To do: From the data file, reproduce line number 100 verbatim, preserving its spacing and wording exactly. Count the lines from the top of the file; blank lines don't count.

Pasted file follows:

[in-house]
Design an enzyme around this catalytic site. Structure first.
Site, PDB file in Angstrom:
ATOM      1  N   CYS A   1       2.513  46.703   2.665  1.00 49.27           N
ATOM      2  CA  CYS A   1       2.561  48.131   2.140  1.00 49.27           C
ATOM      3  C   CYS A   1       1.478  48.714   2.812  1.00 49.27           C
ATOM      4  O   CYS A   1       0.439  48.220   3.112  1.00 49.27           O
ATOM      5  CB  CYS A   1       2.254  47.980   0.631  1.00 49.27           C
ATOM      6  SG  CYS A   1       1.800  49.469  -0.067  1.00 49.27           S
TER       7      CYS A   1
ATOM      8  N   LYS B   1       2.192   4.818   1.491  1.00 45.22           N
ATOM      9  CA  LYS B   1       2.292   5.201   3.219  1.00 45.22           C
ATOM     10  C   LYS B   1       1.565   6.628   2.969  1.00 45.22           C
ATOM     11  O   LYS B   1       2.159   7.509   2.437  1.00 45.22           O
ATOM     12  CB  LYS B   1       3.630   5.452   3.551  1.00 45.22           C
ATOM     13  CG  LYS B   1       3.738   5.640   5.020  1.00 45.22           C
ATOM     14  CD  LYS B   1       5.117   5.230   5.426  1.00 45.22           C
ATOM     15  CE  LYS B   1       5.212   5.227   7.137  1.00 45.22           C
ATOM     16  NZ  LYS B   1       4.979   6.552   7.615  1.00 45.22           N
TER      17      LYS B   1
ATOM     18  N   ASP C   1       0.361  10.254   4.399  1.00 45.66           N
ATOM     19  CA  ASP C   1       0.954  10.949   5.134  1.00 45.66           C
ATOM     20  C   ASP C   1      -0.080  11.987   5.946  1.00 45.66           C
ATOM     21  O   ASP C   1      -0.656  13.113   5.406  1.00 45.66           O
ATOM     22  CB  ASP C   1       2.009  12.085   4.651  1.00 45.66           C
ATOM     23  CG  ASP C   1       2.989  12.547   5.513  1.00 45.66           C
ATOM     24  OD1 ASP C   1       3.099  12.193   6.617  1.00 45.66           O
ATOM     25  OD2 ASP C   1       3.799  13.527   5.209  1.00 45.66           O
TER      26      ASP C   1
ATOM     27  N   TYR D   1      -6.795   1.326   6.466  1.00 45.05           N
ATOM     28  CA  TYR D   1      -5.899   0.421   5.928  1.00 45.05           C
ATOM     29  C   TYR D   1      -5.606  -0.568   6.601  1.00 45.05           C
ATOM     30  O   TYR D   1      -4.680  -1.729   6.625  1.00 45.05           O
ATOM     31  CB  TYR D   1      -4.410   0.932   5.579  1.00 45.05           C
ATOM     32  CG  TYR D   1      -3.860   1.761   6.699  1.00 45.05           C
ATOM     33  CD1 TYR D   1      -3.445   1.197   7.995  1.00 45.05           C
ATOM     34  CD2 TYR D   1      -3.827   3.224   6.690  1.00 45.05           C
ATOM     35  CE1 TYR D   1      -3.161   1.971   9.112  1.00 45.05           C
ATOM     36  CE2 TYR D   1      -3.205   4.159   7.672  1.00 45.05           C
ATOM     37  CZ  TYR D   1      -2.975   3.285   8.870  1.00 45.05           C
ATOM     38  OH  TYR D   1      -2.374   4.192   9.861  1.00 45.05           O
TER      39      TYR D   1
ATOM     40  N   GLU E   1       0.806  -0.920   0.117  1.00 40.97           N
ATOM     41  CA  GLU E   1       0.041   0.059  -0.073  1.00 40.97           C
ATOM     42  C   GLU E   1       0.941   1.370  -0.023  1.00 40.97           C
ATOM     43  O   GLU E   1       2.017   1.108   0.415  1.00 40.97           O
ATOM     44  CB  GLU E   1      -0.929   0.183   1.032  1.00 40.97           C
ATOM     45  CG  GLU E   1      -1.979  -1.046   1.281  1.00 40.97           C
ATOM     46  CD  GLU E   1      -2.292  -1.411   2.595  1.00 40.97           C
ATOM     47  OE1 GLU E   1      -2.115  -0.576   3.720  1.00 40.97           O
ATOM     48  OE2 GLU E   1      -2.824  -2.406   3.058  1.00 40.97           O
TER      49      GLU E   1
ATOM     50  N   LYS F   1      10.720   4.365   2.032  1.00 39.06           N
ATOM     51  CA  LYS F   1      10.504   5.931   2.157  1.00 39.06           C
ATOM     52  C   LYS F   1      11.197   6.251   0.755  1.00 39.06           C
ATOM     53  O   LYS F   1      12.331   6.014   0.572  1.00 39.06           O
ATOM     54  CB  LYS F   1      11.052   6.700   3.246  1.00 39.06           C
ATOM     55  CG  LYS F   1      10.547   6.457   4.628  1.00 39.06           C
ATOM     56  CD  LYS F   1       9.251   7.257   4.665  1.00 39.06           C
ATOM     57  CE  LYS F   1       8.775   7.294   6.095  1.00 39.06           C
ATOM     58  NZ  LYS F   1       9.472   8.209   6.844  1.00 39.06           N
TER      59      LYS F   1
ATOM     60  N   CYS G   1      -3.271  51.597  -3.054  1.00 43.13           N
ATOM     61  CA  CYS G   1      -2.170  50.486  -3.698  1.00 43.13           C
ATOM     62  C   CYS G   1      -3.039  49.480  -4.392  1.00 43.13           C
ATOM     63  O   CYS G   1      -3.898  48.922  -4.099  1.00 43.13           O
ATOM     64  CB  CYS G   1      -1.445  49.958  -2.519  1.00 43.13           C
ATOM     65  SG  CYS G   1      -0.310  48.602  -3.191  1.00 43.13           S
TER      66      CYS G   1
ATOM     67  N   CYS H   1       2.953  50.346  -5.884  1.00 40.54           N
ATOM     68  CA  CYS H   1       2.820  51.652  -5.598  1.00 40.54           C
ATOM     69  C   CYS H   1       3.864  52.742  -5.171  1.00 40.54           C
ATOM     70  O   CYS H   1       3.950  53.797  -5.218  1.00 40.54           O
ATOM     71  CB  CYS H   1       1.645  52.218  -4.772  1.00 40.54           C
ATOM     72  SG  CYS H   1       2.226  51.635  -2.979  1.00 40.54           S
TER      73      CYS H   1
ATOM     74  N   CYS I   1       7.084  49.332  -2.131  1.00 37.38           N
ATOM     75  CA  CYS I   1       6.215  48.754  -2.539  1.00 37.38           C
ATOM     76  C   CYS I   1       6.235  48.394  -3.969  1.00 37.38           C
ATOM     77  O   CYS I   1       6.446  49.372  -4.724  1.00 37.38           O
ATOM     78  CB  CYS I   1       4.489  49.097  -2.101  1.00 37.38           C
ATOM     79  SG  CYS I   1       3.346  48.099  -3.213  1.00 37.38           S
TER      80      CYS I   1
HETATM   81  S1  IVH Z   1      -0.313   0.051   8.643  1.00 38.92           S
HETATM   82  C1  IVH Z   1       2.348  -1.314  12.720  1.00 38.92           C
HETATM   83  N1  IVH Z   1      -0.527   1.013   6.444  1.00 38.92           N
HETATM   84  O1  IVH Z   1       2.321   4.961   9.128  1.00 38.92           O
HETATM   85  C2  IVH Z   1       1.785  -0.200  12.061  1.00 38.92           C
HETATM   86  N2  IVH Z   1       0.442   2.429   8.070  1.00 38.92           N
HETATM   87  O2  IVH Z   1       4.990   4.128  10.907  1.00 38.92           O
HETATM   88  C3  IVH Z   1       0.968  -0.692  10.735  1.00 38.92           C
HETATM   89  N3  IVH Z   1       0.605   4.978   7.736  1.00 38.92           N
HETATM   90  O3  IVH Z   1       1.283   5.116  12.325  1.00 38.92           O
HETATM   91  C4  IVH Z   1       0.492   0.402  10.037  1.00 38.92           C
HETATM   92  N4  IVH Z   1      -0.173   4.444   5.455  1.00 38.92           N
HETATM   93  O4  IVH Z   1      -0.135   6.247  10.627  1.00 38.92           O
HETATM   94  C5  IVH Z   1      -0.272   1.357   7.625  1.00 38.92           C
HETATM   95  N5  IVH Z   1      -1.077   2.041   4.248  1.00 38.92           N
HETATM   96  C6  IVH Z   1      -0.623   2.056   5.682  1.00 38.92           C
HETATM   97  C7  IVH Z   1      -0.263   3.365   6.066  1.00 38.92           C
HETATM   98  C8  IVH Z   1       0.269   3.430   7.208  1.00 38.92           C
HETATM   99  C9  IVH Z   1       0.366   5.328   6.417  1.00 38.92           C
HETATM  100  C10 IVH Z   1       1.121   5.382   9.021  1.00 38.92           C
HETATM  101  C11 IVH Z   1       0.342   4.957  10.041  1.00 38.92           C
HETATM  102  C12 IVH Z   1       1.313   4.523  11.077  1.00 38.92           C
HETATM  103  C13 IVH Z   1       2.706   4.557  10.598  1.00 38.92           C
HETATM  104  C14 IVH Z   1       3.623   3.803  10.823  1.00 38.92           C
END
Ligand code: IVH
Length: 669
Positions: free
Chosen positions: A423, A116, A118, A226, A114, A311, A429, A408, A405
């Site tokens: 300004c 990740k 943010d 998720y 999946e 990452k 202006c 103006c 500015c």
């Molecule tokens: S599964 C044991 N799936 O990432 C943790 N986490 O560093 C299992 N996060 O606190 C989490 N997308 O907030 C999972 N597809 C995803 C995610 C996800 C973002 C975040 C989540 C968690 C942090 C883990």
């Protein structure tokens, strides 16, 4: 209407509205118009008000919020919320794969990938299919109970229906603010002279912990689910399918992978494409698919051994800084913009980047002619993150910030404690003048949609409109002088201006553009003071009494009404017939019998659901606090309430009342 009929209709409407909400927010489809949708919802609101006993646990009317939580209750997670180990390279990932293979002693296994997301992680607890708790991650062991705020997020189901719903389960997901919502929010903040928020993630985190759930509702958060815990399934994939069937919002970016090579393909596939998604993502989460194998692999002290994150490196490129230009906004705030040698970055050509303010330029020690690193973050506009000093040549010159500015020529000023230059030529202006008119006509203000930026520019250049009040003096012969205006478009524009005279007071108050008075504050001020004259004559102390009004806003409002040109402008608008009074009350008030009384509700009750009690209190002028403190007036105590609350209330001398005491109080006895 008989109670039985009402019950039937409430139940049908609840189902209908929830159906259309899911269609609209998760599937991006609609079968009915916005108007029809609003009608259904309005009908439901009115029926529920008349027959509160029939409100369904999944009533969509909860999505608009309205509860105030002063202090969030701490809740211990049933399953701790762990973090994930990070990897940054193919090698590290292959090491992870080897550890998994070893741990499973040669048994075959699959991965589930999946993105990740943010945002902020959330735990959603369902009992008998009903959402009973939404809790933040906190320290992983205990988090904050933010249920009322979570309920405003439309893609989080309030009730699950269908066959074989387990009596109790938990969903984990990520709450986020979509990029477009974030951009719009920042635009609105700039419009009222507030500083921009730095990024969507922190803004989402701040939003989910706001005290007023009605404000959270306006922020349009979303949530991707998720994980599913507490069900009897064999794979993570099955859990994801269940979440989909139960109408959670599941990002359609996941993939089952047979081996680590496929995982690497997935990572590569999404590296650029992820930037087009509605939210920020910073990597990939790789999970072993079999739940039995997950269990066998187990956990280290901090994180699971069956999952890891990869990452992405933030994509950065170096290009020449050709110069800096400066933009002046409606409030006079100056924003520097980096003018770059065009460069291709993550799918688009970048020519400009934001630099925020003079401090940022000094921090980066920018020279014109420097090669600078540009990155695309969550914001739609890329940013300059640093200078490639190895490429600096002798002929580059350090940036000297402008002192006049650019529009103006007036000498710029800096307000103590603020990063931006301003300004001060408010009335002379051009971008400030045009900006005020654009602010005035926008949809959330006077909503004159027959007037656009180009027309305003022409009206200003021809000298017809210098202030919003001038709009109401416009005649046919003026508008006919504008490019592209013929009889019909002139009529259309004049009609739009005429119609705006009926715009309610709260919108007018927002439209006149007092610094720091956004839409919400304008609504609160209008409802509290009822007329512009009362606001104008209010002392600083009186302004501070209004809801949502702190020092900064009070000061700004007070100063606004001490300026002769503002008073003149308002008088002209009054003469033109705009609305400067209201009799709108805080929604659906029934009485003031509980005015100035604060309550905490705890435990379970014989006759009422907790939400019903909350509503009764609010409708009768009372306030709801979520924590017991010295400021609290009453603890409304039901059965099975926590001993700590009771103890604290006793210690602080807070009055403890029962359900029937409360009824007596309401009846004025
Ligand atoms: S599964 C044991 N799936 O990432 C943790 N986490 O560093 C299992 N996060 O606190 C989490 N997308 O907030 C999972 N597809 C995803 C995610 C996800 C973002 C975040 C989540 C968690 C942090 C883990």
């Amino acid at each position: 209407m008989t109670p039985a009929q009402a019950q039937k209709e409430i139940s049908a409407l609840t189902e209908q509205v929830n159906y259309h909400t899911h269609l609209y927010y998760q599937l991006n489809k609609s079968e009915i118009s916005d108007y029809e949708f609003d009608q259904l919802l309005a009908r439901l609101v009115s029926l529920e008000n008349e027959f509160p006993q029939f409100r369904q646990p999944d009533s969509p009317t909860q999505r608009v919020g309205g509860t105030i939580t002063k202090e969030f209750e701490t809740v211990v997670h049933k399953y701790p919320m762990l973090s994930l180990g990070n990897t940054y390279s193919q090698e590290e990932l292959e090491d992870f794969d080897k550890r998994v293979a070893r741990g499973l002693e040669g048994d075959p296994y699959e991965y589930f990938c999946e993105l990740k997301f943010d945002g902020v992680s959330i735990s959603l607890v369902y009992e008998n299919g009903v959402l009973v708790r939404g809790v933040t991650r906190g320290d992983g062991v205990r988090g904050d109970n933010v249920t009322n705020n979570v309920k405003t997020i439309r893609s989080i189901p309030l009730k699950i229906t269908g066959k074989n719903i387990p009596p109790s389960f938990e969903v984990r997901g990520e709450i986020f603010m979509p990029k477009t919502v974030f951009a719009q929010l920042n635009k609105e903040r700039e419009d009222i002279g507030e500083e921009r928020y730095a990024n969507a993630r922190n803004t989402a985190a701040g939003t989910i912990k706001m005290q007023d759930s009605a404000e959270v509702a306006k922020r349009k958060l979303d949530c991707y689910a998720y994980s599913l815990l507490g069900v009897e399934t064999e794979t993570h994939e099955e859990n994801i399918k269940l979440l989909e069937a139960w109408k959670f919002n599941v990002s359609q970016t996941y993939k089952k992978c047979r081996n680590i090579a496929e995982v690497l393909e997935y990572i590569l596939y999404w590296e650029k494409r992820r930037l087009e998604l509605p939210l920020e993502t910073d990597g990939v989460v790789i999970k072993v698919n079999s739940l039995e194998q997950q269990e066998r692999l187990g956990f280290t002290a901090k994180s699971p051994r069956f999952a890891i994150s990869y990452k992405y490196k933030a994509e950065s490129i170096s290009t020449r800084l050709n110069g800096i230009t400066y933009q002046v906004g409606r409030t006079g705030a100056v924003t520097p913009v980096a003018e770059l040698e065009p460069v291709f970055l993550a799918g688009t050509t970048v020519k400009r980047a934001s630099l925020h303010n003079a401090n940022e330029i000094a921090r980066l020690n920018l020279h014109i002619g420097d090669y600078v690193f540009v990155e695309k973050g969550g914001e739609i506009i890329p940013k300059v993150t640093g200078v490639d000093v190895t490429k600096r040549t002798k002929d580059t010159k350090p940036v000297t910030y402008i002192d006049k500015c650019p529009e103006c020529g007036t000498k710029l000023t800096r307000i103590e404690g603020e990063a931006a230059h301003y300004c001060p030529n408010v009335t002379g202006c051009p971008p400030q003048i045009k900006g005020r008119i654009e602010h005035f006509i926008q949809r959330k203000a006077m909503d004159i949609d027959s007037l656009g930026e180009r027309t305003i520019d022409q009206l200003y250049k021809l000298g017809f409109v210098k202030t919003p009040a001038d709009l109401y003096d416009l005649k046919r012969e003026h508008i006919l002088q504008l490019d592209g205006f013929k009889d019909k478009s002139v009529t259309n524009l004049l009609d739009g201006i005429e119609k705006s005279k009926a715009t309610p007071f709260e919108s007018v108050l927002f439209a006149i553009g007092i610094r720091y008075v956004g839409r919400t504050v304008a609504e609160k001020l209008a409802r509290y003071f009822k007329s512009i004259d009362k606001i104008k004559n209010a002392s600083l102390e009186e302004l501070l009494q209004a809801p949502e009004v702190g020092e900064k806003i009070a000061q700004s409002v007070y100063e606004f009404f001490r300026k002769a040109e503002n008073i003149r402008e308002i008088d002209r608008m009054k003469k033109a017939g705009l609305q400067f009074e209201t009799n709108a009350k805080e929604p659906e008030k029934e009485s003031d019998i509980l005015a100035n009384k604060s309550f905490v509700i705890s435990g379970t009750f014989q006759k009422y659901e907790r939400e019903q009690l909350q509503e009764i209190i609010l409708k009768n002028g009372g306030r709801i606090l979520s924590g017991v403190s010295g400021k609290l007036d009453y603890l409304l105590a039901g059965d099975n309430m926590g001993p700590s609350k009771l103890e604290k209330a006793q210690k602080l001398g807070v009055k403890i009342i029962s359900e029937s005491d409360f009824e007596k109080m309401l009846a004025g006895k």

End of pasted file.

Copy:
HETATM   97  C7  IVH Z   1      -0.263   3.365   6.066  1.00 38.92           C